A common weakness of these kinds of apps is in the handwriting recognition. In an old kanji study app I would sometimes have to write something as simple as the number “2” 20 times before it could register as anything other than “N.” Learn Japanese with Tako, however, seems to understand our handwriting with a good degree of leniency.

It’s not too loose though. I got marked down as not learning my あs (Japanese equivalent of the letter “A”) because my loop at the bottom right was hanging a little too low and it pissed-off Sensei octopus. However, rather than the confusing mess of the “2=N” fiasco, this app let me understand what it was about my あ that led to the problem and allowed me to correct it accordingly. As a result I’d like to think my handwriting is now just a little bit prettier.

■ Mini-Games

After learning the basic writing and reading of the characters you are given a mini-game to review. They all focus on memorizing the characters in different ways. For example, my weak point has always been remembering the correct pronunciation of kanji despite knowing the meanings. This means I’d benefit from the Izakaya mini-game the most.

In this game we have to serve the various sea creatures their order label in kanji as they call out for them phonetically. Like all the games it’s timed which adds a good level of challenge and pressure. There’s also a whack-a-mole game requiring even faster matching of character and pronunciations. Even more advanced students of Japanese might find themselves scrambling with basic words on this one.

Other games include an arcade machine where you have to memorize the order of flashing kanji with their English meanings. There’s also a baseball game which requires speedy handwriting skills. They’re all pretty fun and simple games that you can play whenever you have a minute or two.

■ Room for more

Learn Japanese with Tako starts with hiragana then moves into katakana and beginner kanji. As of this writing it offered up to the Japanese Language Proficiency Test N5 level but they plan to roll out N4 in the coming months. That should be more than enough content for those just starting out learning the language but for people further along it only serves as a nice brush-up program for the moment.

Also, although the games are fun and well designed, it remains to be seen what replay value they have, especially for people just starting out. Learning Japanese can be a long haul and the games will have to be addictive enough to sustain that journey. To address this concern, Giant Soul say there are currently working on expanding the types of mini-games based on user-feedback.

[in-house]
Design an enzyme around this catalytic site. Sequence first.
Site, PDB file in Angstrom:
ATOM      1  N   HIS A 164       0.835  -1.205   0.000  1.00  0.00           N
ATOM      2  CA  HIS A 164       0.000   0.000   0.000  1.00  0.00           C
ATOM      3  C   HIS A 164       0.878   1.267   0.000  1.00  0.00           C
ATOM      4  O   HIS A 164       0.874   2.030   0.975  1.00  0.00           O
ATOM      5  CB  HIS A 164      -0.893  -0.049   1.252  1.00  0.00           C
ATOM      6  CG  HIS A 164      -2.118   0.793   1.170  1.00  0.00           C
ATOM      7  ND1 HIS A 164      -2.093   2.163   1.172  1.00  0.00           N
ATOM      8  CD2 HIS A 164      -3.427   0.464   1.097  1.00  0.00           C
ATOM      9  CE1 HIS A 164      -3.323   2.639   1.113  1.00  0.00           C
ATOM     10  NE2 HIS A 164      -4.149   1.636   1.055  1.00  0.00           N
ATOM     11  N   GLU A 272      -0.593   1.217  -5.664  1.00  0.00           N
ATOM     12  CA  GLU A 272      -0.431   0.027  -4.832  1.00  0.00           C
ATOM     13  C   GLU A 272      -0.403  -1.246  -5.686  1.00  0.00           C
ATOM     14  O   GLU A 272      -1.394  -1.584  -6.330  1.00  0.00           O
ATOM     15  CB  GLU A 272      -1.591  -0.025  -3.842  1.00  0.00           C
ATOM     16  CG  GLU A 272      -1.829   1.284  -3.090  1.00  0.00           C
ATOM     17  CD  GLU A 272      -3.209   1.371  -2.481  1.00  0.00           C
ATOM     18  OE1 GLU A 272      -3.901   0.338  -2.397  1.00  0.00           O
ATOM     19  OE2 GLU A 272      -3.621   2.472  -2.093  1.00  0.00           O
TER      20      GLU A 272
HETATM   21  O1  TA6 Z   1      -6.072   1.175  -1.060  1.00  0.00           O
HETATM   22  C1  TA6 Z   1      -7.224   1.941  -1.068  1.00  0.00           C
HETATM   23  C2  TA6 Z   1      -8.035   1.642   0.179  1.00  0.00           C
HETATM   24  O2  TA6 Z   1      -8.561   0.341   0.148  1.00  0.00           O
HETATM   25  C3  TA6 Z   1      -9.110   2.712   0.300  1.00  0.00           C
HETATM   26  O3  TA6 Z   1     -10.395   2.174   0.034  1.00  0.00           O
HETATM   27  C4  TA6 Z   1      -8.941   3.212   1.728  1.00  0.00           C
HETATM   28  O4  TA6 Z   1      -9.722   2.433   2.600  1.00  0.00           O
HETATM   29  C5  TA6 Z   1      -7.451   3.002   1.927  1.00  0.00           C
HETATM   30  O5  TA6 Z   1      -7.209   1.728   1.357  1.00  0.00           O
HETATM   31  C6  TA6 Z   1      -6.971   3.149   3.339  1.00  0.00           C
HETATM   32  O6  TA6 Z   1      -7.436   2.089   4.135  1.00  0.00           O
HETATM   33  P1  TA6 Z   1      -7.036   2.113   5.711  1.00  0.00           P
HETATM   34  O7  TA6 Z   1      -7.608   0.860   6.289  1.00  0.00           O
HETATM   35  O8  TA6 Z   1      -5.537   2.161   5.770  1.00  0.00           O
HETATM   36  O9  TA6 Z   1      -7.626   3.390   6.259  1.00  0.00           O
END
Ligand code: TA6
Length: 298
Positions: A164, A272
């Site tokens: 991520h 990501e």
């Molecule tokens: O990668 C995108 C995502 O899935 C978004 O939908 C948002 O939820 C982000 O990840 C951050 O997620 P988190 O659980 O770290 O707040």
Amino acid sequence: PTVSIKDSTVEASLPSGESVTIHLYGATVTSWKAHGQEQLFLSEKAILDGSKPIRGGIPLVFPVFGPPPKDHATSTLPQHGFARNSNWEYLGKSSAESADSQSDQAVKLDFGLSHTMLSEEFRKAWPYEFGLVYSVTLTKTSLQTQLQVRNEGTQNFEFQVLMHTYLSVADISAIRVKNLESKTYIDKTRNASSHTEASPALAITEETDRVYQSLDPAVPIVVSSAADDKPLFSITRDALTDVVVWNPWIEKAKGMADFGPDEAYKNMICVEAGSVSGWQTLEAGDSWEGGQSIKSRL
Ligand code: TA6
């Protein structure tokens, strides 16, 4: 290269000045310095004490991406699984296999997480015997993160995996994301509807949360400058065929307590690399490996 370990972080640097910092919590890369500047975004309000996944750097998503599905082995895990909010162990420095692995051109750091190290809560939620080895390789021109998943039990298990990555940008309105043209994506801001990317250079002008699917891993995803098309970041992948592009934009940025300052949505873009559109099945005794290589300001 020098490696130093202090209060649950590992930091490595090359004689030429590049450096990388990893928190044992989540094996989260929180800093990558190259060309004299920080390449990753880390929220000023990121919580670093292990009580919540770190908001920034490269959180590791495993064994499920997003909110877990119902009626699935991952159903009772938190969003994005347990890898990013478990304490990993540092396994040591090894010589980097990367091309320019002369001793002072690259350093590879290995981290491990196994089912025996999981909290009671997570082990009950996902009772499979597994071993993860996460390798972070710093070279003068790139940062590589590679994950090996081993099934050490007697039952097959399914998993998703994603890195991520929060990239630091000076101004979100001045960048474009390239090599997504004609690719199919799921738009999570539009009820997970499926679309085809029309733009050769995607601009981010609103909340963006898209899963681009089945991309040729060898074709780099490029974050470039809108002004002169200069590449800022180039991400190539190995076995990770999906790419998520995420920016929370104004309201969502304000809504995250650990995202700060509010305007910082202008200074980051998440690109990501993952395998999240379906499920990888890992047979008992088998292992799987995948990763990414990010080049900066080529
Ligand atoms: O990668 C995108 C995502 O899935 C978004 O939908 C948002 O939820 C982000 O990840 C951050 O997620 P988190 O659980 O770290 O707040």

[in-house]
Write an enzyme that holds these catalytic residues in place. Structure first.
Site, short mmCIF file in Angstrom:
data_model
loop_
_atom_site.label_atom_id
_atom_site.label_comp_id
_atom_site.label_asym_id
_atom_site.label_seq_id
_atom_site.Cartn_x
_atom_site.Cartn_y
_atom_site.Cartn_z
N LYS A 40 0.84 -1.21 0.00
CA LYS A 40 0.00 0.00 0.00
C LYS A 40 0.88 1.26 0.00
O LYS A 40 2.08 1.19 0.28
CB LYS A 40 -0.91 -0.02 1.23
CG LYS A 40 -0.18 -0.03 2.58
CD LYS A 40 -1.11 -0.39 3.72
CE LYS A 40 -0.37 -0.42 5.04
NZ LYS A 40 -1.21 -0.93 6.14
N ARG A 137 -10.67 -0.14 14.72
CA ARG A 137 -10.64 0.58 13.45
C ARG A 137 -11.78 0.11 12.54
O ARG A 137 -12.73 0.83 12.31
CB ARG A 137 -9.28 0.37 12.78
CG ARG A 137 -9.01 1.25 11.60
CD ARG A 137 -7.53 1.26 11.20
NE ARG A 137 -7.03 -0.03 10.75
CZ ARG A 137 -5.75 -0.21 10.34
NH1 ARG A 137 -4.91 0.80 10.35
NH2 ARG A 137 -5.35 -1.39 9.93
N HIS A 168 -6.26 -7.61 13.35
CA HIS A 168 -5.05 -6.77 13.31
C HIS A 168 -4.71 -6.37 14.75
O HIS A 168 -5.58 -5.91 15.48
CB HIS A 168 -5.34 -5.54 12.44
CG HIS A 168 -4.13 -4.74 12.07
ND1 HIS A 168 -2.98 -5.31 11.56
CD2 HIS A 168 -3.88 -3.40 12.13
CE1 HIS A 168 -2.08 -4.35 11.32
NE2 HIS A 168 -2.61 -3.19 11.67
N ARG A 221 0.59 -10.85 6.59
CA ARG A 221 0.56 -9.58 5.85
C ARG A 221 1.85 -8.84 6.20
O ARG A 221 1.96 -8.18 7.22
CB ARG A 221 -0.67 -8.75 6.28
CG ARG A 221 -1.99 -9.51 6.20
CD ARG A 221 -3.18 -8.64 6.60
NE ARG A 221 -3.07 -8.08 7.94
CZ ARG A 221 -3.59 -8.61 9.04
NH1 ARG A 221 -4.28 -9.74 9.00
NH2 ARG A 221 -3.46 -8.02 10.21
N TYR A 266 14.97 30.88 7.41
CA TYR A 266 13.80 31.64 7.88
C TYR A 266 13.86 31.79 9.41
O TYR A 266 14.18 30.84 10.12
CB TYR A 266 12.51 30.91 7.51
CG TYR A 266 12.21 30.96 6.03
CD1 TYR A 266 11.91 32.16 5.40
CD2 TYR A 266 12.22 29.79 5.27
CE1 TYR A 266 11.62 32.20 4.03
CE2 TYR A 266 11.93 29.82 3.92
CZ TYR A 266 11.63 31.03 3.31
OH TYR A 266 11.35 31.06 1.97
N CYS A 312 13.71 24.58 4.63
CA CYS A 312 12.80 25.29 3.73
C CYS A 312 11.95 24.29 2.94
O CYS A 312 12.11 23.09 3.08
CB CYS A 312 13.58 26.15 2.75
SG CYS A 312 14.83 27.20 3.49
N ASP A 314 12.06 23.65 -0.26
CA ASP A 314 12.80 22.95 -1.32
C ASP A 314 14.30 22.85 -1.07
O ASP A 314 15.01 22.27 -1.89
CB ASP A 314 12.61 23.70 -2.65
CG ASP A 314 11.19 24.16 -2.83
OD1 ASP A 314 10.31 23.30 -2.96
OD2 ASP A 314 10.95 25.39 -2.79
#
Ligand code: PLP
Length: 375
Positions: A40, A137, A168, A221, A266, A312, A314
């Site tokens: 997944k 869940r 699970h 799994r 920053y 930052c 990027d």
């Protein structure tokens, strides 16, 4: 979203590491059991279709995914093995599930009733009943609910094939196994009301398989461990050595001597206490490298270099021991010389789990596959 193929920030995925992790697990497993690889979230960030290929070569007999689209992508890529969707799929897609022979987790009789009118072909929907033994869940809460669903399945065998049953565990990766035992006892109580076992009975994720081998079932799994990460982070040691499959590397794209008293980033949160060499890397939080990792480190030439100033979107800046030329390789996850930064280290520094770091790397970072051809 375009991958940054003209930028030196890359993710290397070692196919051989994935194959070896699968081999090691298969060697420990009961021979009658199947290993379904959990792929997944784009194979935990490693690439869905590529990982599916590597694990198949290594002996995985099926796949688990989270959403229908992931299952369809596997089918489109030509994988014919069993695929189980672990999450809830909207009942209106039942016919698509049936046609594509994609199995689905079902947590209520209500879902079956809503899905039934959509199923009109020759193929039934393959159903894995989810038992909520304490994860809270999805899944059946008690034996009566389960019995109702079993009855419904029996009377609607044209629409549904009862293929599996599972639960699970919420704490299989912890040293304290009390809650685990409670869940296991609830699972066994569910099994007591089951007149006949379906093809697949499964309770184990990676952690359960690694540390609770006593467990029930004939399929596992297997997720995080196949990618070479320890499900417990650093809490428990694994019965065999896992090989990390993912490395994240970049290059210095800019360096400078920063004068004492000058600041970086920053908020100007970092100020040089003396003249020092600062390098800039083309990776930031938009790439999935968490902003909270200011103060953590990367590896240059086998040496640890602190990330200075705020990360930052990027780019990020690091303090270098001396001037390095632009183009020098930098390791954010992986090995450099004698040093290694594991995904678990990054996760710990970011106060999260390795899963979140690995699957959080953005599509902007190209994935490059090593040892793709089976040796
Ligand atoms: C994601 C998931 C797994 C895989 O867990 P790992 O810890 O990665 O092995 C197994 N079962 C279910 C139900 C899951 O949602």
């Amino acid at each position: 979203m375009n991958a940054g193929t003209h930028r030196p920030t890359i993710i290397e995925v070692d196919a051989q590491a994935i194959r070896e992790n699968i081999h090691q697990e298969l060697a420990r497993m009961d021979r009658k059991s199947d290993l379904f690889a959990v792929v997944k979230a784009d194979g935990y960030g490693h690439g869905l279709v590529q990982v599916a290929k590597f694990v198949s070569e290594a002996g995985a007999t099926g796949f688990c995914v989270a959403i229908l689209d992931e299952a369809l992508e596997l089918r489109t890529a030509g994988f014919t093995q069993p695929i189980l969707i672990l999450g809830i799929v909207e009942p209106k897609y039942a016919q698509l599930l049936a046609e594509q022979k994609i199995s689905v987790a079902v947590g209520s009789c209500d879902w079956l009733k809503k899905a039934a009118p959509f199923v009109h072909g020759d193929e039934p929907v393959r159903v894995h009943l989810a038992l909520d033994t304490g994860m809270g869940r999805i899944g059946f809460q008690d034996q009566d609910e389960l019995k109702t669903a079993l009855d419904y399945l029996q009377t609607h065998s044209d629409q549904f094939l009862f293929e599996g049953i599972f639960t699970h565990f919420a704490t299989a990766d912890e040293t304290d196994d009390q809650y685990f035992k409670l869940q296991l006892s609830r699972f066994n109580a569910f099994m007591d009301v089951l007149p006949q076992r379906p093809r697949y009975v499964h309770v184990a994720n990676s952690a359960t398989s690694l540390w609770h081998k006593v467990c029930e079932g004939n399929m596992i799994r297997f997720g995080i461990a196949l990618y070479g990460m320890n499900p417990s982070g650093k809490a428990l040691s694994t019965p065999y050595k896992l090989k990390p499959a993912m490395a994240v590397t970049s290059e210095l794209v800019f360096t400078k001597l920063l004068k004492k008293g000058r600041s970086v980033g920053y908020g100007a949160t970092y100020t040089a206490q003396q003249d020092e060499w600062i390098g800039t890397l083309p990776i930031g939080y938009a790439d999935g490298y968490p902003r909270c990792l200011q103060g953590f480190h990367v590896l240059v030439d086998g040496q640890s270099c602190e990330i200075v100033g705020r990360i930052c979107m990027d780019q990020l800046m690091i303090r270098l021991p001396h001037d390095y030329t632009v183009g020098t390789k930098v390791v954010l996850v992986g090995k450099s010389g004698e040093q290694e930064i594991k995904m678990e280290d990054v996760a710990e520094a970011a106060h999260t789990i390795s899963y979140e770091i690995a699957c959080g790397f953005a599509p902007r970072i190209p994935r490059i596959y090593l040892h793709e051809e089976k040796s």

Overall though, Takos Japanese is a very well designed study app both in terms of presentation and educational value, and it has a solid, sleek interface. Another great feature is that in addition to English,the app is available in Spanish, Korean, French, Portuguese, Italian, and German.

▼ Why not switch the language setting and learn two languages at once!

For anyone starting out in Japanese it would be a great tool well worth its 400-yen (US$3.40) asking price the Japanese app store (prices may vary according to region). For those further along, you might want to wait until if they add the higher level kanji. Hopefully they can soon!

Takos Japanese is available from

Google Play

The science behind why English speakers can’t pronounce the Japanese “fu”


Learning a foreign language is hard. Even if you master all the vocabulary and grammar, there’s still no guarantee that you’ll ever achieve a native-like accent. For Japanese learners of English, differentiating between the “l” and “r” sounds and pronouncing the “th” sound correctly can be tricky them no matter how many years they’ve been practicing.

But have you ever wondered what it’s like the other way around? What sounds do we English speakers make that sound strange when we speak Japanese? Well it turns out the sound that we mess up the most is one you might not have expected: “fu”.

Now you might be thinking: The “fu” sound? What’s so hard about that? I pronounce it fine all the time. Like when I slept on a futon at Mt. Fuji in fuyu (winter) and woke up feeling futsukayoi (hungover).

Well if you’re pronouncing those words with an “f” sound like we have in English, thenyou’re actually saying them all wrong. To find out the reason why, we have to have a quick linguistics lesson.